I’m a Nutritionist and I Eat Dessert Every Day—Here’s Why
Listening to some official reports about sugar and health, you might think that sweet foods are a curse straight from the netherworld. Greater consumption of sugar has been linked to increased risk of everything from obesity to higher odds of heart disease to disrupted mental health. These are real, serious effects of overdoing it on the sweet stuff — and, in general, we would all do well to limit desserts. The American Heart Association recommends capping added sugars at 6% of our daily calories, and some diet plans even make the case for eating sugar only from natural sources like fruit.
But I’ll let you in on a little secret: I’m a nutritionist and I eat dessert every day.
As a health professional, this feels like a shocking confession. (I keep waiting for the summons to nutritionist jail.) After all, since I advise others on diet and health, shouldn’t I lead by example? Believe it or not, for me, eating a moderately-sized dessert every day is actually part of my healthy lifestyle toolkit. Here’s why.
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The importance of food enjoyment
Food is one of the greatest sources of everyday joy in many of our lives — mine included. Even when my circumstances are less than ideal and pleasure is hard to find elsewhere, I can count on delicious desserts to bring that much-needed “ahhh.” (If you’ve ever reached for a chocolate bar when feeling overwhelmed, you can probably attest to its stress-relieving effects.)
This isn’t just in our heads — it’s science! A 2014 study showed that eating dark or milk chocolate helped reduce perceived stress in women. In a world of stressors, it’s a small miracle to me that a quick antidote is readily available in the form of sweets.
As a busy mom, I consider the dopamine boost of a piece of chocolate or a small cookie an easily accessible, inexpensive form of self-care. (Hey, it’s a whole lot cheaper than a spa day.) And because, since childhood, I’ve always gravitated toward sweets over savory foods, I’ve decided that denying myself something that brings so much enjoyment would decrease my sense of well-being. In fact, removing desserts from my routine would disrupt what I consider a healthy, happy relationship with food I love.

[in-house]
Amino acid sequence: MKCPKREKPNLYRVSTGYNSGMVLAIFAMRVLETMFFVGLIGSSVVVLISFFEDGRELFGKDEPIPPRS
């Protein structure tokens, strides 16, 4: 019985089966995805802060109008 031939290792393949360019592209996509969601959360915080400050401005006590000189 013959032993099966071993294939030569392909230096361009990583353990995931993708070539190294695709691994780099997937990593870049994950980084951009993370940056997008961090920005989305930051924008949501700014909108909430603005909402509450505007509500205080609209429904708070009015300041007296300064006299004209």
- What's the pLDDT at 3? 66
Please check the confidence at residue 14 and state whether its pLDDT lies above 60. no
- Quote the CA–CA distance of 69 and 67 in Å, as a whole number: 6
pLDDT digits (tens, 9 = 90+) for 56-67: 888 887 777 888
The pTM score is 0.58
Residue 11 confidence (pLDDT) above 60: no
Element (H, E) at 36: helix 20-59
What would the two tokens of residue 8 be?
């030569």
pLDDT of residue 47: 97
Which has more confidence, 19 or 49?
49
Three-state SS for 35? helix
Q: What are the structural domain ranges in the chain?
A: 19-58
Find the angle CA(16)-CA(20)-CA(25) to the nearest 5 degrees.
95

Intriguingly, some research has even associated mindful food enjoyment with positive dietary behavior outcomes like better diet quality and food choices. This doesn’t, of course, give me (or anyone else) a pass to gobble up desserts all day long, but it’s an interesting evidence-based peek at the good vibes many of us derive from sweets. When I feel more relaxed and at ease, I’m more likely to make healthier choices overall.
Dessert can provide nutrients and promote some healthy outcomes.
Ready for another surprise? Desserts can actually be a source of some important nutrients. Of course, fresh, whole-food sweets like berry parfaits provide fiber, vitamins, and antioxidants, and others like yogurt smoothies come with plenty of calcium, probiotics, and protein. But even chocolate has its benefits. The dark, creamy treat is rich in antioxidants like catechins, epicatechins, and procyanidins, which could help reduce systemic inflammation. As part of a bigger-picture diet that includes necessary micro- and macronutrients, desserts can be a small supplement.
Related: 15 Healthy Frozen Desserts To Buy That’ll Satisfy Your Sweet Tooth
Sweets are made for enjoying with others.
It might sound like a stretch, but part of my practice of regular sweets-eating isn’t just for myself — it has to do with connecting with others. Just like a meal shared around the family table, desserts have a way of bringing people together. In my family, celebrations typically involve a sweet treat everyone can enjoy.
Granted, not every day brings a birthday party or retirement bash, but even the simple act of enjoying a brownie with my kids after school has the power to connect us. I’ve had plenty of heart-to-hearts with both friends and family over ice cream cones, cheesecake, or root beer floats. Would we feel the same if we each nibbled on half an apple? I’m not so sure. It’s one more reason I choose not to nix sweets from my life.
What enjoying daily dessert looks like for me
By now, you might be picturing me downing a pint of Rocky Road every night or wolfing a generous slice of cake after every lunch. When I say I eat dessert every day, that’s not what I mean. Though larger, more indulgent treats have their place in my life (particularly on special occasions), my dessert routine is far smaller in scale. A single cookie, a scoopful of ice cream, or a tablespoon or two of chocolate chips is usually enough to satiate my sweetness cravings after a meal. I also try to stick to a personal policy of eating dessert after either lunch or dinner, not both.
Mindful consumption also plays a major role in any healthy relationship with dessert. Whenever possible, I give sweets my full attention, allowing me to savor them in appropriate amounts. And I’ll typically check in with my level of hunger or fullness before indulging, rather than eating out of mere habit.
Of course, eating dessert every day isn’t right for everyone, and if you have a health condition or concerns about weight loss or maintenance, talk to your doctor or dietitian about where sugar fits in your personal health plan. As for me, I’m happy to give sweets a (moderate) place in my diet for the pleasure and personal connection they bring to the table.
Read next: I’m a Nutritionist & I Always Keep These 5 Frozen Foods Handy
Good food brings people together. So do good emails.